During the 1970’s, Galería organized the first community mural program in the United States, re-introduced Frida Kahlo's work to the American public, and established Día de los Muertos as an important American annual cultural celebration. In the eighties, Galería began presenting public art on a large billboard attached to the outside wall of its venue and launched its gift shop, Studio 24, as an alternative fundraising resource in face of cuts in federal funds for arts, and as an experiment in community entrepreneurship.

In the mid-nineties, artist and board member, Amalia Mesa-Bains, developed the ReGeneration Project, a program aiming to provide emerging artists with exhibition and professional development opportunities and to directly involve young Latino artists in the planning and management of Galería activities. Participants in this project created the Digital Mural Project, an ongoing public art program, which replaced the painted temporary murals on our Bryant Street billboard with computer-generated images. In recent years, performance and public event series have been developed to address the educational needs of diverse populations—seniors, adults, adolescents, and students.

In 2000, Galería completed an intensive, institutional self-study and long-range plan. Board, staff, and consultants reviewed and re-affirmed Galería's mission and program, setting out concrete objectives for institutional and program development. In addition, Galería produced its first Long Range Financial, Fundraising, and Marketing Plans. The board and the director have established several task forces, composed of board, staff, and advisors, to focus Galería's efforts to ensure systematic application of professional standards to each of Galería's core programs and special initiatives.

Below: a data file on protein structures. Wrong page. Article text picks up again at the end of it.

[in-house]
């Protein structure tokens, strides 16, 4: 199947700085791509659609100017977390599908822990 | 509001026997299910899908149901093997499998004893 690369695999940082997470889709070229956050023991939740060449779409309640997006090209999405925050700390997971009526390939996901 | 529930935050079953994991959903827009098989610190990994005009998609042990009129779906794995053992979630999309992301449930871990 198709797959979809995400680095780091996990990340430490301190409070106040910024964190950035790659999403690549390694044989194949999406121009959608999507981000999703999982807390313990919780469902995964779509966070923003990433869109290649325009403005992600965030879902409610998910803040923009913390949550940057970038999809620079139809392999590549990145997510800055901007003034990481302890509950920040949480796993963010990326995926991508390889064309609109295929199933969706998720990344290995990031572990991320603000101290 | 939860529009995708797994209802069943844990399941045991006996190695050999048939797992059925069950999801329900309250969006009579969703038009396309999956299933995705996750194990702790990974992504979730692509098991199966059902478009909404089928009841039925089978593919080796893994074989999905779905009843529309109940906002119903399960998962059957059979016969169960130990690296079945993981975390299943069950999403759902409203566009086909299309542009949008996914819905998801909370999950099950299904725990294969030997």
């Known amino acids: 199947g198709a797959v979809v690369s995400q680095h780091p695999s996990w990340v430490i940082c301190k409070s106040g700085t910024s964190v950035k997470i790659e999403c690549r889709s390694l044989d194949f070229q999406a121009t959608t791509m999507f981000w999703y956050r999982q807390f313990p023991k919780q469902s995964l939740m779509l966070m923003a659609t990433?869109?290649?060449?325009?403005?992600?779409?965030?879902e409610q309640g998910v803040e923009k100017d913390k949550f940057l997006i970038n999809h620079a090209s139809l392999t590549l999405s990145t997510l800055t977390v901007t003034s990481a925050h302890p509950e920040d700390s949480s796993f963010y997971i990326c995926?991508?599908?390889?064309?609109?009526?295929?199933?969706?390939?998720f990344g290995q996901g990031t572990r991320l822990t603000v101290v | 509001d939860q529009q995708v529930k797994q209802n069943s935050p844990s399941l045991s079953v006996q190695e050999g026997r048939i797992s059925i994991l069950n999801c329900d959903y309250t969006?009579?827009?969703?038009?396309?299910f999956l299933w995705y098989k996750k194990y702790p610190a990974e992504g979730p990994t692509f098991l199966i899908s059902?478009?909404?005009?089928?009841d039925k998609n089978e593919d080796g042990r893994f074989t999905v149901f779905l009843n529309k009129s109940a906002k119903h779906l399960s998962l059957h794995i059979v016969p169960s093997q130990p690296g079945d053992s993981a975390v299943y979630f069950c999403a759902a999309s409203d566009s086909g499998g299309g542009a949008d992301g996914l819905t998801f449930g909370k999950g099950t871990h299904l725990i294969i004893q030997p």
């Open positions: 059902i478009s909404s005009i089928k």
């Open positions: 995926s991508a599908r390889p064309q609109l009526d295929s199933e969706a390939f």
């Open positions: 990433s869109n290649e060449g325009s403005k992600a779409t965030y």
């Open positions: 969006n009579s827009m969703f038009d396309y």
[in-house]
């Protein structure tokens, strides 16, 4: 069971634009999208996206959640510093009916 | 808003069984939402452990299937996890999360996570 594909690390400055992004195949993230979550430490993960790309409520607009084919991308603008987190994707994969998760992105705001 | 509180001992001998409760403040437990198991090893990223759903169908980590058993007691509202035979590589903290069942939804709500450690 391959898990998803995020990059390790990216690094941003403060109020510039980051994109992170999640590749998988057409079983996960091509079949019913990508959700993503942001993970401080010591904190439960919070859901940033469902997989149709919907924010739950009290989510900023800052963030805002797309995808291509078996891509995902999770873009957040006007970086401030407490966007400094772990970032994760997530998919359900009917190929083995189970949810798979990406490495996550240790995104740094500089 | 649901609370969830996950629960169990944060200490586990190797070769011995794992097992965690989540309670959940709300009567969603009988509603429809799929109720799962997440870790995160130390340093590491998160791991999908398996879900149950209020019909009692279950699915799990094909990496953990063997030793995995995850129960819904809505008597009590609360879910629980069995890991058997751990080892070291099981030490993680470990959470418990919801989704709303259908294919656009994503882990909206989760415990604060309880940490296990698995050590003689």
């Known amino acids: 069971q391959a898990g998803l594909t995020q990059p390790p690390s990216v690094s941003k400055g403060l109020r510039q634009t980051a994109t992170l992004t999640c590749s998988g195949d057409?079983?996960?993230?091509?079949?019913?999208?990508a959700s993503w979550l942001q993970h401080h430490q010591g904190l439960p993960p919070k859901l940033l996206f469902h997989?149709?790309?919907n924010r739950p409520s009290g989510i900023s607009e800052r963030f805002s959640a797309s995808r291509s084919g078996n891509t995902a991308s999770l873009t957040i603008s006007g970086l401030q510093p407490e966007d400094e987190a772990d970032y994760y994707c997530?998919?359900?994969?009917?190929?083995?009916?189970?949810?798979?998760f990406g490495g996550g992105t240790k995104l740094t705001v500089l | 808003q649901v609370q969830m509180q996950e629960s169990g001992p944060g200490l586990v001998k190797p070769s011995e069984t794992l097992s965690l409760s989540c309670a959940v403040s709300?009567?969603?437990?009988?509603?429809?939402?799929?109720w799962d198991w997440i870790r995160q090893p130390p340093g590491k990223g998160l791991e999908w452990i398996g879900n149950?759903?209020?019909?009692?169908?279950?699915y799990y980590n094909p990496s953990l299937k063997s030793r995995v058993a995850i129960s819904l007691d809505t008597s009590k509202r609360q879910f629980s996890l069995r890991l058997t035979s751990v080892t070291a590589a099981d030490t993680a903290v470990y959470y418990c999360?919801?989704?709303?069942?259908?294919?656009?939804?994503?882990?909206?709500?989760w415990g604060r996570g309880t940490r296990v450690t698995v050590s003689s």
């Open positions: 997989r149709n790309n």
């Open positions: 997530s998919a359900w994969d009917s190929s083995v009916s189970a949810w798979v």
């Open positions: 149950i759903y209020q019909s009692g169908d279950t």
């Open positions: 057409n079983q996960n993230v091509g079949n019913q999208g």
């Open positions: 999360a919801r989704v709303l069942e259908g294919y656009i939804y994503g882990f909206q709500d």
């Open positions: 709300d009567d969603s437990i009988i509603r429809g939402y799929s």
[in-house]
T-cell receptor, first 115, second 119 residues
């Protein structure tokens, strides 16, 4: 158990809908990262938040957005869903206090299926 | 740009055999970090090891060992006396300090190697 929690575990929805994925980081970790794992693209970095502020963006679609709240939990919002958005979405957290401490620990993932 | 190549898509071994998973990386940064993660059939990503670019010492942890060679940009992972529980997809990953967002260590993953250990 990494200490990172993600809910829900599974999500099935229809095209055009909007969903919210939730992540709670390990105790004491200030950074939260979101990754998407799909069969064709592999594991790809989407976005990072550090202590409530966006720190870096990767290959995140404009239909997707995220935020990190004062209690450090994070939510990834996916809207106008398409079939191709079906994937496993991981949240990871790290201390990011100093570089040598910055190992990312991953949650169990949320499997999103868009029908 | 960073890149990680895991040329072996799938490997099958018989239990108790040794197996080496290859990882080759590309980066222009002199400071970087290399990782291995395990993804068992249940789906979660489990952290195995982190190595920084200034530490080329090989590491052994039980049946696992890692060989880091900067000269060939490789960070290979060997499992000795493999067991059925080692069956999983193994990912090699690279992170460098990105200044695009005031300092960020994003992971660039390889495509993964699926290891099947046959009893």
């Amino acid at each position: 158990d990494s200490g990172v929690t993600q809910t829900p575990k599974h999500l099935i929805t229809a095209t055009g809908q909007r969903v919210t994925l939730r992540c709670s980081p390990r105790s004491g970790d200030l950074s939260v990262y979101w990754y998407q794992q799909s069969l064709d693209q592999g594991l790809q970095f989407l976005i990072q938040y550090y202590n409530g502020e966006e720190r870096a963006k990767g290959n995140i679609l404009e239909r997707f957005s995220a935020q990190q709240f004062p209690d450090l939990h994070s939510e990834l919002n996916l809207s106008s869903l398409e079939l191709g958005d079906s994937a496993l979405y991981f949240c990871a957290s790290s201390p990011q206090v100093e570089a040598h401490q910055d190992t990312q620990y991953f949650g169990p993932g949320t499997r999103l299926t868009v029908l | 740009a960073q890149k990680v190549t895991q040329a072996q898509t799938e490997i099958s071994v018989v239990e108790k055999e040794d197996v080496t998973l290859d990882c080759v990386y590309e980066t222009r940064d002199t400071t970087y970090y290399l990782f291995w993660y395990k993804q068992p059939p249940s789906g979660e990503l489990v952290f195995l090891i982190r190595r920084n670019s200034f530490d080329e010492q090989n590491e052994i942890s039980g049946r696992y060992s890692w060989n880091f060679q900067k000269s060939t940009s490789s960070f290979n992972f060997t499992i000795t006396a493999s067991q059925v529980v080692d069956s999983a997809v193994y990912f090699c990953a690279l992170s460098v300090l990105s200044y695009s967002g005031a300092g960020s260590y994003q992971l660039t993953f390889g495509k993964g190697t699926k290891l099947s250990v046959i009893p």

In 2001, Galería established an eleven-member intergenerational Art Advisory Board composed of prominent artists, cultural leaders, and scholars of Latino descent.

In 2003, Galería began its Youth and Public Media program, a mentorship program for college art students and youth of color directed by Julio C. Morales. College students are trained in arts education, mentorship and community-based public art/social justice practices. The students also develop and teach multi-media workshops to youth participants. Participants explore the potential uses of artwork in a social context and the role of the artist as a citizen in public life. College students are trained in arts education, mentorship and community-based public art/social justice practices. The students also develop and teach multi-media workshops to youth of color such as video and sound editing and computer graphics.

Galería's founding values entailed an aspiration to transform the Chicano/Latino community’s social and cultural environment into a place of justice and equality. To this day, the legacy of the Galería’s founders continues within the broader framework of contemporary society.